1. The financial incentive to sell it instead of letting players earn it tends to lower the quantity and quality of those sort of items that can be earned in parallel to the cash shop offerings.
    2. That same incentive prompts developers to overdo the quantity of available skins since they are so easy to develop and sell and they go to progressively more and more ridiculous extremes with those skins that are quite often incongruous with the rest of the game's setting and lore.
    3. By the same token it creates a disincentive to work on core game play since that core takes a lot more work and effort for lower returns compared to the easy to do skins.
    4. It also attracts a different type of player to the games that go heavily down this route. It attracts the "Sims Online" and "Second Life" crowd that obsesses about collecting all those different outfits as their primary reason for being there. That crowd quickly becomes the most valued customer since the developer's metrics will show they're willing to spend much more than the ones who are there to quest and kill. They become overt time, the primary development target reinforcing points 1-3 above in a vicious cycle

    It does, but again, good luck getting players to amount an offensive against cosmetics like we saw against EA with lootbox progression.  You saw just how atrocious that had to be to even garner a response worth noting by EA/Disney (literal "you fire 20% faster, your starship is 20% more manueverable" etc.).  Apathy will win the day here.

    I don't enjoy buying cosmetics, so I don't do it.  But, considering how cheap and easy it is to crank them out, from a business perspecrive, you'd gotta be outta your damn mind to skip it.
    I don't know about mounting offensives but I do know that dismissing their impact on the game on the usual basis that "it's just cosmetics" misses a large part of what it does to games that go heavily down this easy money route.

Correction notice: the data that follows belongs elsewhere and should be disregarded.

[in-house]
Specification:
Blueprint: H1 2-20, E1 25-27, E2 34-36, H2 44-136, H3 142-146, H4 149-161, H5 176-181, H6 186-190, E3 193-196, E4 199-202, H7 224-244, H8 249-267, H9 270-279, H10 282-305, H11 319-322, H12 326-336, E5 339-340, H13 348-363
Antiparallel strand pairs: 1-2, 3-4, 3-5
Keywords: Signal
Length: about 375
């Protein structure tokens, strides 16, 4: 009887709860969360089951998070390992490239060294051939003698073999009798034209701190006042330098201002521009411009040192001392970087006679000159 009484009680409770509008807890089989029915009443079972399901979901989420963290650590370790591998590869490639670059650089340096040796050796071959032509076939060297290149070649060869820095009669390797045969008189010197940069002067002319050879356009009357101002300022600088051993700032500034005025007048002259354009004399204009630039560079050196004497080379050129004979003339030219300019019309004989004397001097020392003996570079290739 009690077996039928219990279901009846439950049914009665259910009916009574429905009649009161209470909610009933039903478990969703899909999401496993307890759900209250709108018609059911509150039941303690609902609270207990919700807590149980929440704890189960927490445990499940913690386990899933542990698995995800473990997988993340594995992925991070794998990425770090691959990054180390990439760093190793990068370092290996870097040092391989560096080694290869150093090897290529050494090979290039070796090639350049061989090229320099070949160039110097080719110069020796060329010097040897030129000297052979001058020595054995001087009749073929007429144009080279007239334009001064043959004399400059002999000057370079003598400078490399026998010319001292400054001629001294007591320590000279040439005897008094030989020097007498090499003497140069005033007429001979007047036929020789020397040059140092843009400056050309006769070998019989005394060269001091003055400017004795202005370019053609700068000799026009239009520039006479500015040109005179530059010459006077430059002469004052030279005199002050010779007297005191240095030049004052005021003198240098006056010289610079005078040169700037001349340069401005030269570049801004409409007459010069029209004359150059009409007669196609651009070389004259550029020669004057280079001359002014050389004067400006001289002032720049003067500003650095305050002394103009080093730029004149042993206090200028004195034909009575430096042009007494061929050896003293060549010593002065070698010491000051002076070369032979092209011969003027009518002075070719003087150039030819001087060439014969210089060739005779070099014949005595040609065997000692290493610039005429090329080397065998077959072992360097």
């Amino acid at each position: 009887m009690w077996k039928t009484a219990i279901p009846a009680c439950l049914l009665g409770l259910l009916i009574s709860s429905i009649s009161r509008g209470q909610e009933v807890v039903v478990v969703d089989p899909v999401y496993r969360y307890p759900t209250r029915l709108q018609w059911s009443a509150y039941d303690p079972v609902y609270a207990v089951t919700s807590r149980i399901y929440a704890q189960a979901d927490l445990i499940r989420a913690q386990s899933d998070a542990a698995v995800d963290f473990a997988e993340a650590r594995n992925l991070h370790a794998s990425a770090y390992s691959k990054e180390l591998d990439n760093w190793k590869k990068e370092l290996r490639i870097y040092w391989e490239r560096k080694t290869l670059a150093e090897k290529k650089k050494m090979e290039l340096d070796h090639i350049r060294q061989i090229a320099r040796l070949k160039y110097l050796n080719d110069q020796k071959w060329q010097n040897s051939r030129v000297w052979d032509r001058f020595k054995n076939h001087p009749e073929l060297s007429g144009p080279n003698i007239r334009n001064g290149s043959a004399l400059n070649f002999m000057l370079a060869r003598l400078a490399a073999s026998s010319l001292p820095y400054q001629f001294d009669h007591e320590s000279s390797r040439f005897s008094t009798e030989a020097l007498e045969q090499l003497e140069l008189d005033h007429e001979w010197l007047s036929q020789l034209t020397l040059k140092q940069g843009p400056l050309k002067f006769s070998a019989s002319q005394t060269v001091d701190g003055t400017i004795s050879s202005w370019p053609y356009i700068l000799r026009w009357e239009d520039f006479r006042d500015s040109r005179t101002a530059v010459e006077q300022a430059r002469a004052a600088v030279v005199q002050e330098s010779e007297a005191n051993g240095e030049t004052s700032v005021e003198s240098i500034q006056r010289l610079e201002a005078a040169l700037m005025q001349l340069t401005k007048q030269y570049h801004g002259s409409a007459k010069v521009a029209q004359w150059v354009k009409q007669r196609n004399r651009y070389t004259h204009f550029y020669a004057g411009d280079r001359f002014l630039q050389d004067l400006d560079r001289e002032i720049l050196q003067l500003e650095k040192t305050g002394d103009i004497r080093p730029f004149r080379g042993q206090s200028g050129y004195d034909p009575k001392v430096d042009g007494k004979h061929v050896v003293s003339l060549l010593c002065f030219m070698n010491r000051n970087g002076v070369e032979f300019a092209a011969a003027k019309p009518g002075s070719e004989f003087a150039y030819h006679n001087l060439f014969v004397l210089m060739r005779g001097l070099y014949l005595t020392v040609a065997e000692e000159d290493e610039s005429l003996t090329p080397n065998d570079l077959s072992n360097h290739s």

It's not like there aren't any examples of sub-only MMOs we can look at and compare their clear game development focus vs. the ones that go heavily into "got be out of your damn mind to skip it" land. IDK but WOW seemed to be doing just fine last I looked despite being apparently nuts to leave all that other extra money behind.
    WoW sells mounts and pets.  They aren't just taking subs.

    EDIT- and they aren't priced cheap.  Mounts can cost as much as $25 a pop, pets up to $10 a pop.
    They do but relatively speaking, they are a tiny portion of development focus... like they should be.
    I'd loved to see their micro sells numbers, I bet a lot of WoW's players buy those accessories.  A lot of collectors out there. That's not counting the boosts and physical merchandise.

    "We all do the best we can based on life experience, point of view, and our ability to believe in ourselves." - Naropa      "We don't see things as they are, we see them as we are."  SR Covey

  • ElsaboltsElsabolts Member RarePosts: 3,476
    I would not worry about skin sales as Funcom is known for there poor support and game play.
    " Life Liberty and the Pursuit of Those Who  Would Threaten It "
                                            MAGA
  • AngreeegamerAngreeegamer Member UncommonPosts: 59
    In a recent reddit post players addressed concerns regarding the sale of skins. Here is an image of the skins

    The poster commented:

    The constant coverage of skins have not made me more excited about the game if anything it makes me more cautious and less excited, consider also if people are looking into the game fresh and just about every new video that comes out is constantly talking about monthly skin sales in a day that many companies use monetization how it impacts potential new people.